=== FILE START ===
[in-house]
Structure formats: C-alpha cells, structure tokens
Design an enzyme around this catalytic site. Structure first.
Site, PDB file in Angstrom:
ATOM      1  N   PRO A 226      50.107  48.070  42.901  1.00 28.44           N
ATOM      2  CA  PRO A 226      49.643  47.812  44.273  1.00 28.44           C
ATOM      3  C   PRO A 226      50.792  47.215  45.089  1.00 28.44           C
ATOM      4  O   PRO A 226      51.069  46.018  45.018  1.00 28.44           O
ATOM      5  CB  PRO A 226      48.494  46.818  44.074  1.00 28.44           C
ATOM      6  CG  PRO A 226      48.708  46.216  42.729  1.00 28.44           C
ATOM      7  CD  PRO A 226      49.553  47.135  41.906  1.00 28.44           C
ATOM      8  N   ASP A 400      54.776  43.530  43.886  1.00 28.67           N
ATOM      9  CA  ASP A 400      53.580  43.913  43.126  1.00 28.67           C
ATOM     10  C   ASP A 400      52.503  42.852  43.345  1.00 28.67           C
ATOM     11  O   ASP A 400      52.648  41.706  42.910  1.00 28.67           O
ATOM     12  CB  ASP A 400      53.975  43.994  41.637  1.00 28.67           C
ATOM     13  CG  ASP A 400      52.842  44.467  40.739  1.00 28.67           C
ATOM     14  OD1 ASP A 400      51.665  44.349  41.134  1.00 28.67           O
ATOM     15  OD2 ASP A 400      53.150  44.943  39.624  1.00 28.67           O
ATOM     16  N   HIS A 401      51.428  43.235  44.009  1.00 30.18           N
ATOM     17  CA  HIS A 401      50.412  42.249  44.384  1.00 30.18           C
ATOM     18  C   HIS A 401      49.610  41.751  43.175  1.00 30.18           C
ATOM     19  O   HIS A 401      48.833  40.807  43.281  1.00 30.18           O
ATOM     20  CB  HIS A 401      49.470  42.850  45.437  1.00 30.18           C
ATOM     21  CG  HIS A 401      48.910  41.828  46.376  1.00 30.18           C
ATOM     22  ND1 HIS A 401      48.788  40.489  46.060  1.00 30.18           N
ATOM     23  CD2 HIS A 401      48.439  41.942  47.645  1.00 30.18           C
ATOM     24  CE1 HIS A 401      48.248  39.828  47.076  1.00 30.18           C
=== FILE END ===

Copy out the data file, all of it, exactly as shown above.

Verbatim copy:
[in-house]
Structure formats: C-alpha cells, structure tokens
Design an enzyme around this catalytic site. Structure first.
Site, PDB file in Angstrom:
ATOM      1  N   PRO A 226      50.107  48.070  42.901  1.00 28.44           N
ATOM      2  CA  PRO A 226      49.643  47.812  44.273  1.00 28.44           C
ATOM      3  C   PRO A 226      50.792  47.215  45.089  1.00 28.44           C
ATOM      4  O   PRO A 226      51.069  46.018  45.018  1.00 28.44           O
ATOM      5  CB  PRO A 226      48.494  46.818  44.074  1.00 28.44           C
ATOM      6  CG  PRO A 226      48.708  46.216  42.729  1.00 28.44           C
ATOM      7  CD  PRO A 226      49.553  47.135  41.906  1.00 28.44           C
ATOM      8  N   ASP A 400      54.776  43.530  43.886  1.00 28.67           N
ATOM      9  CA  ASP A 400      53.580  43.913  43.126  1.00 28.67           C
ATOM     10  C   ASP A 400      52.503  42.852  43.345  1.00 28.67           C
ATOM     11  O   ASP A 400      52.648  41.706  42.910  1.00 28.67           O
ATOM     12  CB  ASP A 400      53.975  43.994  41.637  1.00 28.67           C
ATOM     13  CG  ASP A 400      52.842  44.467  40.739  1.00 28.67           C
ATOM     14  OD1 ASP A 400      51.665  44.349  41.134  1.00 28.67           O
ATOM     15  OD2 ASP A 400      53.150  44.943  39.624  1.00 28.67           O
ATOM     16  N   HIS A 401      51.428  43.235  44.009  1.00 30.18           N
ATOM     17  CA  HIS A 401      50.412  42.249  44.384  1.00 30.18           C
ATOM     18  C   HIS A 401      49.610  41.751  43.175  1.00 30.18           C
ATOM     19  O   HIS A 401      48.833  40.807  43.281  1.00 30.18           O
ATOM     20  CB  HIS A 401      49.470  42.850  45.437  1.00 30.18           C
ATOM     21  CG  HIS A 401      48.910  41.828  46.376  1.00 30.18           C
ATOM     22  ND1 HIS A 401      48.788  40.489  46.060  1.00 30.18           N
ATOM     23  CD2 HIS A 401      48.439  41.942  47.645  1.00 30.18           C
ATOM     24  CE1 HIS A 401      48.248  39.828  47.076  1.00 30.18           C